Peers: Vote for what we stand for
My parents visited this last weekend which meant I got to have a nice dinner with the fam, play with my dog, and enjoy a show put on by a comedy troupe over at UD. All in all, it was a good, wholesome, family weekend of fun.
I got to catch up with what my brother was doing too, and it turns out he’s become more of a knucklehead—he doesn’t plan on voting come November. Trump’s an idiot and race-baiting, Hillary’s a crook and liar, the country needs help, and my brother Dalton doesn’t see that help in either of them. It’s a common enough sentiment to hear — there’s probably a lot of you who feel the same way — and isn’t it because we want to vote for someone we actually want and would like as President? We want to vote for someone, stand for something, and believe in a cause larger than just partisan electoral victory.
Which is why y’all planning to do the same as my brother on Election Day should vote for Hillary and Against Trump. As someone born two years into Trump’s second marriage, I’ve had a similar upbringing to many of you. I read many of the same books — Margaret Haddix, anyone? — learned some of the same school lessons, and was given the same life advice by those motivational posters which decorated school classrooms all over. We’re a bunch who are more likely to have mixed-race friendships, mixed-race significant others, and more likely to travel the world than our parents and grandparents. The multicultural dream about which Dr. King spoke is more evident today than it was in times before.
Donald Trump is antithetical to every part of this dream; he represents a stand against multiculturalism, cosmopolitanism, and wants to take this country back to make it great again! Not to beat a dead horse, but he spoke recently at a rally and talked a bit about Hillary’s deplorable comment. Speaking directly at the racists, islamophobes, homophobes, and bigots of America, Trump said, “While my opponent slanders you as deplorable and irredeemable, I call you hardworking American patriots.” What’s more, his very campaign slogan “Make America Great Again” is a call for a restoration of some golden time in America’s past — a past which didn’t care for multiculturalism, a past which divided the American experience by race. If you watched any part of the Republican National Convention, then you have probably deduced this already.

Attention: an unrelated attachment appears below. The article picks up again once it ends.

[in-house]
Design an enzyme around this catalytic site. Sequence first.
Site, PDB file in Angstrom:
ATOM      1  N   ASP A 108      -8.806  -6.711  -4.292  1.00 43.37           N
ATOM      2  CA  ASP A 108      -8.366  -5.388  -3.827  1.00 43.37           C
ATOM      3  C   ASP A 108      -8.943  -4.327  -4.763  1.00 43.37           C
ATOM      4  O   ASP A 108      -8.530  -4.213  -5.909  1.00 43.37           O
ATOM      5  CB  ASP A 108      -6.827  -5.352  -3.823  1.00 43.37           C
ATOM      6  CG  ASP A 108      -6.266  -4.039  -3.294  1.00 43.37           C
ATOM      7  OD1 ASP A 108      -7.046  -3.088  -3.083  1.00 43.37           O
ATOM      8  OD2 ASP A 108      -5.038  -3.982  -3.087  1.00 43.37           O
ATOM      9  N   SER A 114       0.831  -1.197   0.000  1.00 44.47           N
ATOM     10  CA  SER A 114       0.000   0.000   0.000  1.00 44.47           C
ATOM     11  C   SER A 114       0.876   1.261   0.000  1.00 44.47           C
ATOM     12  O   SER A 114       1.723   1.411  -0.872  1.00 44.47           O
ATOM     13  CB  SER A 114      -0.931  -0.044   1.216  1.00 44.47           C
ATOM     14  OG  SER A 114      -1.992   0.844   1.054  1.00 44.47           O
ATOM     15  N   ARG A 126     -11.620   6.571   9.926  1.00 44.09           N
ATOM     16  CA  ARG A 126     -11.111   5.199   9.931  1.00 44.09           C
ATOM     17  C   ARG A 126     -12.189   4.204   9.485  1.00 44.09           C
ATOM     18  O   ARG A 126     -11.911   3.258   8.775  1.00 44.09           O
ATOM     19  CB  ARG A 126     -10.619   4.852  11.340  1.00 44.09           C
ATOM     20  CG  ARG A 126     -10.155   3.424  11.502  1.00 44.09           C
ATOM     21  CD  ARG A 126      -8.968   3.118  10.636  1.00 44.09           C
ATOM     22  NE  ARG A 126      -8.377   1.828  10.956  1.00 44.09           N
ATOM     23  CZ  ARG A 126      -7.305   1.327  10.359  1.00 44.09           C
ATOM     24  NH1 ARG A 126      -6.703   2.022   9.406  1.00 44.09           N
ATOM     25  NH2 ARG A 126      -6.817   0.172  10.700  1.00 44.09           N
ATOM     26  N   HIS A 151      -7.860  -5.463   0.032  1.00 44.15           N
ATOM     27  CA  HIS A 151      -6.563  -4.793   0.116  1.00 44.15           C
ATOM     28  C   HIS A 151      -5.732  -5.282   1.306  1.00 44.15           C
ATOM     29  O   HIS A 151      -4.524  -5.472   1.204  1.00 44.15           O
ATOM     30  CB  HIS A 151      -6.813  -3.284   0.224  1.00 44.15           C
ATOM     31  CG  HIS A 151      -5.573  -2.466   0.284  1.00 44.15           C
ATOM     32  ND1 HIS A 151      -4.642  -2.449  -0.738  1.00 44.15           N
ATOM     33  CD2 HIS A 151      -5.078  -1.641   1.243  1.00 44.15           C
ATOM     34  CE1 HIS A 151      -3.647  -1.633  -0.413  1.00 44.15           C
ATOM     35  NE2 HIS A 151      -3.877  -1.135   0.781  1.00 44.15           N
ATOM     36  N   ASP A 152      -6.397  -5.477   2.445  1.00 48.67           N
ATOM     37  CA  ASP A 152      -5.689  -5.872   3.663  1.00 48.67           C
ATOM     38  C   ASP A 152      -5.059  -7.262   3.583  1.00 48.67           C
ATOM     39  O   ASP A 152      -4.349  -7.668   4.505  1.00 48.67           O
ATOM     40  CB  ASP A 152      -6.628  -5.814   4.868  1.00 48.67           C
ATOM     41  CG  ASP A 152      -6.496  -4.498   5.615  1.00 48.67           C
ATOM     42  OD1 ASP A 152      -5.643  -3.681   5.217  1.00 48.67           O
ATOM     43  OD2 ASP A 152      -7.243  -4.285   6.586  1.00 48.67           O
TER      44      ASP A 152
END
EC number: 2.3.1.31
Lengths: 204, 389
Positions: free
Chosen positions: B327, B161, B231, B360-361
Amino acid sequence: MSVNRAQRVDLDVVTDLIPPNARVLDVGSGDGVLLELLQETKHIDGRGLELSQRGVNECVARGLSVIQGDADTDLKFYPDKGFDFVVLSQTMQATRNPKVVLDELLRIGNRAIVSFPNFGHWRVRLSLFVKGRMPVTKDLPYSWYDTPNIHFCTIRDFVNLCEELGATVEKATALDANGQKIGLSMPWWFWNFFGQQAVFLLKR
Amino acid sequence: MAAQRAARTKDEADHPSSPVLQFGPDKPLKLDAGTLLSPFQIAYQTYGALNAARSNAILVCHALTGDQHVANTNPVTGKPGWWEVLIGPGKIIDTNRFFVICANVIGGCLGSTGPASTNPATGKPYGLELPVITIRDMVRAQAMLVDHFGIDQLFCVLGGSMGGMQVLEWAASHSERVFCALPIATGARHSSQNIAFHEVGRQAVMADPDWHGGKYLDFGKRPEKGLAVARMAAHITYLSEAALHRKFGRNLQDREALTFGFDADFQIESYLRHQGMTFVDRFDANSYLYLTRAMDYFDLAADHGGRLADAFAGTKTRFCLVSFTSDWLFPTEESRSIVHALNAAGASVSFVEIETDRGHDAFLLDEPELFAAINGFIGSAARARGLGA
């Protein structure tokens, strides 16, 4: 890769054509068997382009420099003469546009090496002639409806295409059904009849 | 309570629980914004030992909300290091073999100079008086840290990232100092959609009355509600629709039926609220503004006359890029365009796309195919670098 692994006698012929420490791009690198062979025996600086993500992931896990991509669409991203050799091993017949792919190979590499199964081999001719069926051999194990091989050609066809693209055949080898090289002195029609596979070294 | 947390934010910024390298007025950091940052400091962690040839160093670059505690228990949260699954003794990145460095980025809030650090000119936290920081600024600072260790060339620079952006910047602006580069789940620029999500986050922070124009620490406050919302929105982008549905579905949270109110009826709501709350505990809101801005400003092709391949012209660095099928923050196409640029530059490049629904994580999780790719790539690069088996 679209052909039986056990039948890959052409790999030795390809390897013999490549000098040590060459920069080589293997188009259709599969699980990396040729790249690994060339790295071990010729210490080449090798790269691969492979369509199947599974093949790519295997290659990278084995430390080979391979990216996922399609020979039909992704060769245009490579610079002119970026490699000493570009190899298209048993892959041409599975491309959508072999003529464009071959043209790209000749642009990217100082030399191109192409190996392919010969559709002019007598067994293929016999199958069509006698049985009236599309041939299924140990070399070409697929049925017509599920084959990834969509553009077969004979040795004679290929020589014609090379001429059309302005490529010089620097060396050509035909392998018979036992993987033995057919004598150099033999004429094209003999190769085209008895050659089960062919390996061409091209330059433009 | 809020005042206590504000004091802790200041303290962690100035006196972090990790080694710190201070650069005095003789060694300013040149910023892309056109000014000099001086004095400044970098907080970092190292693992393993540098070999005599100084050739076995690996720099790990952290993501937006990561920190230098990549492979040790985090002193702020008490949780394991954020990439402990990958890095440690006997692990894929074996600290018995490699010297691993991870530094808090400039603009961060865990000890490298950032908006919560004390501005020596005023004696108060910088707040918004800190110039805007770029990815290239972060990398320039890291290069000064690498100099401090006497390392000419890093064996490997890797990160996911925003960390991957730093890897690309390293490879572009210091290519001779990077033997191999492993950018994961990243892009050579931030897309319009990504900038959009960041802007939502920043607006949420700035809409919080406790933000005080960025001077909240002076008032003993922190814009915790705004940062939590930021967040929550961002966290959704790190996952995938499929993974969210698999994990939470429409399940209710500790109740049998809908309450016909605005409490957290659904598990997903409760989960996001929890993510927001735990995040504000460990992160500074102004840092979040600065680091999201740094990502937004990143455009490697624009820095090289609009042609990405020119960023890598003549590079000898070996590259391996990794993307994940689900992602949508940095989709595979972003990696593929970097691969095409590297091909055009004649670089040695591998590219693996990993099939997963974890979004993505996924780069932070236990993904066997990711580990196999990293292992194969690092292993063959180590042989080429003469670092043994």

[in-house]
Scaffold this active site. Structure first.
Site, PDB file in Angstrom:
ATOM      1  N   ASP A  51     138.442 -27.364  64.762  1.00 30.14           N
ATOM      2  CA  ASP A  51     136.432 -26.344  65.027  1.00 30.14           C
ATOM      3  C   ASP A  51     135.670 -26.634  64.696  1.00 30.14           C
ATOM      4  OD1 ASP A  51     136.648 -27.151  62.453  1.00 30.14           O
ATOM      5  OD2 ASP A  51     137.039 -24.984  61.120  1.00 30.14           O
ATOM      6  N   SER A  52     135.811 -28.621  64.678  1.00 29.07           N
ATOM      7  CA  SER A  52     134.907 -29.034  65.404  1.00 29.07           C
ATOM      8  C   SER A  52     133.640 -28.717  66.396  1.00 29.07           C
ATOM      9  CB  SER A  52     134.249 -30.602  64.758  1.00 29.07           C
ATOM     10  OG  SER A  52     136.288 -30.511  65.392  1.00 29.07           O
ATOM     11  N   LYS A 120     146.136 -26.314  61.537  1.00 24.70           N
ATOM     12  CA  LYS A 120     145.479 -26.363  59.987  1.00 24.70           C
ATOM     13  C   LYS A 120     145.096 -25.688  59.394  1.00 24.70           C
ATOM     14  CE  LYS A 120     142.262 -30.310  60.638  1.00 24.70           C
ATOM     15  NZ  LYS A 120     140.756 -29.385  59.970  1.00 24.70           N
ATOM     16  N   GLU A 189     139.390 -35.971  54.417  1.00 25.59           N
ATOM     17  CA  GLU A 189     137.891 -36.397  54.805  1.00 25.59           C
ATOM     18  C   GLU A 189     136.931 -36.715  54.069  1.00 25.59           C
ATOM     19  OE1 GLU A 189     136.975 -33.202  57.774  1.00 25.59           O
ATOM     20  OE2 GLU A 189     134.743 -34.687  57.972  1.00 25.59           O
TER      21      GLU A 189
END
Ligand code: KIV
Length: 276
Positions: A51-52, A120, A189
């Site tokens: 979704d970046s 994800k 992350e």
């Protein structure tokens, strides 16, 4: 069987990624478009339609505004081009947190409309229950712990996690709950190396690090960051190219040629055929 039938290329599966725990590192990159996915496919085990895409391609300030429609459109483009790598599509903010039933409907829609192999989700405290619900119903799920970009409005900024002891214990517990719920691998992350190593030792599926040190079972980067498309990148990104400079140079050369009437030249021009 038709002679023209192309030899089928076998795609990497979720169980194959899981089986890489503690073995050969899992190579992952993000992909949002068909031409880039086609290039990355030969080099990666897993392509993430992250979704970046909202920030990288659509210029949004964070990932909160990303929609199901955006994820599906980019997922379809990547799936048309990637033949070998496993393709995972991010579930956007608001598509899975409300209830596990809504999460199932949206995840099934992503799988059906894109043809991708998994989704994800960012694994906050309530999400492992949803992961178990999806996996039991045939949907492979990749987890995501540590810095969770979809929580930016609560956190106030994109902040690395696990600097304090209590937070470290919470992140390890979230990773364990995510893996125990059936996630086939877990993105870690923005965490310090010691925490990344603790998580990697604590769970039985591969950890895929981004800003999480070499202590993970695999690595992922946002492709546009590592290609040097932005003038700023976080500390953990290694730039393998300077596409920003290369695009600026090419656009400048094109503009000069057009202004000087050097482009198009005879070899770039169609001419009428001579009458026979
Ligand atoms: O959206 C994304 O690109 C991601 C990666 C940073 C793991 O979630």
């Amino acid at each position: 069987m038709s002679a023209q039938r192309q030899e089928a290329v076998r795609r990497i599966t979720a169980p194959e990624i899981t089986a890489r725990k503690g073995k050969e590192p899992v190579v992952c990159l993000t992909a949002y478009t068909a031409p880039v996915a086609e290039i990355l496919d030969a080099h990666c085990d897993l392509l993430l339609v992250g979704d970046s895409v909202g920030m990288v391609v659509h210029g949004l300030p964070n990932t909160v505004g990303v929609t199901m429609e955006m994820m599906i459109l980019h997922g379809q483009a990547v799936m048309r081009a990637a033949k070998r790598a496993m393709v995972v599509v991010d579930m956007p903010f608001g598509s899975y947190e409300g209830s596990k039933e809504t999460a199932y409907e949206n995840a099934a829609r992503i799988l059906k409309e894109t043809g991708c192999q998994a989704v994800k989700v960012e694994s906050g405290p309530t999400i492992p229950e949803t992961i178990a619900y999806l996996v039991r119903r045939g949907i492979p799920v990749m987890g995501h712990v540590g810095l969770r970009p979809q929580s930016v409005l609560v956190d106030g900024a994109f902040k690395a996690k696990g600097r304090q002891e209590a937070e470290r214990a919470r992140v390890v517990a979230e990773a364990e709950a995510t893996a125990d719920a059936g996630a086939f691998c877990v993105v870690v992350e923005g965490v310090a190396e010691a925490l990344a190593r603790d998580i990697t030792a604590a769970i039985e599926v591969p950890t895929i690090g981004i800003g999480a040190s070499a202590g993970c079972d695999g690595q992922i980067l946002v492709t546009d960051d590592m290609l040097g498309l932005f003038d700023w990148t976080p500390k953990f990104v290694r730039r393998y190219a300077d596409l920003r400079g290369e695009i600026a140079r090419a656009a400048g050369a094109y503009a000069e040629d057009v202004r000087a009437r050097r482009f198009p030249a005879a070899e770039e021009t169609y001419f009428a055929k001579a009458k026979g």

We, as a generation, have a responsibility to reject the core promise of Trump’s campaign. His values are not our values and the two are irreconcilable with one another. Donald is inseparable from the racist values embedded within his campaign. He wouldn’t have made an appeal to the racists of America otherwise! Therefore, it is up to us — millennials — to reject totally and completely the dark strain of racial hatred which has marred our country’s past. Like no generation before us, we represent the famous line in our Constitution that says “All men are created equal,” and progress towards that lofty end must not stop now. So, to those that are thinking about staying home instead of voting, ask yourself this: do I want to live in Donald Trump’s America? If not, vote.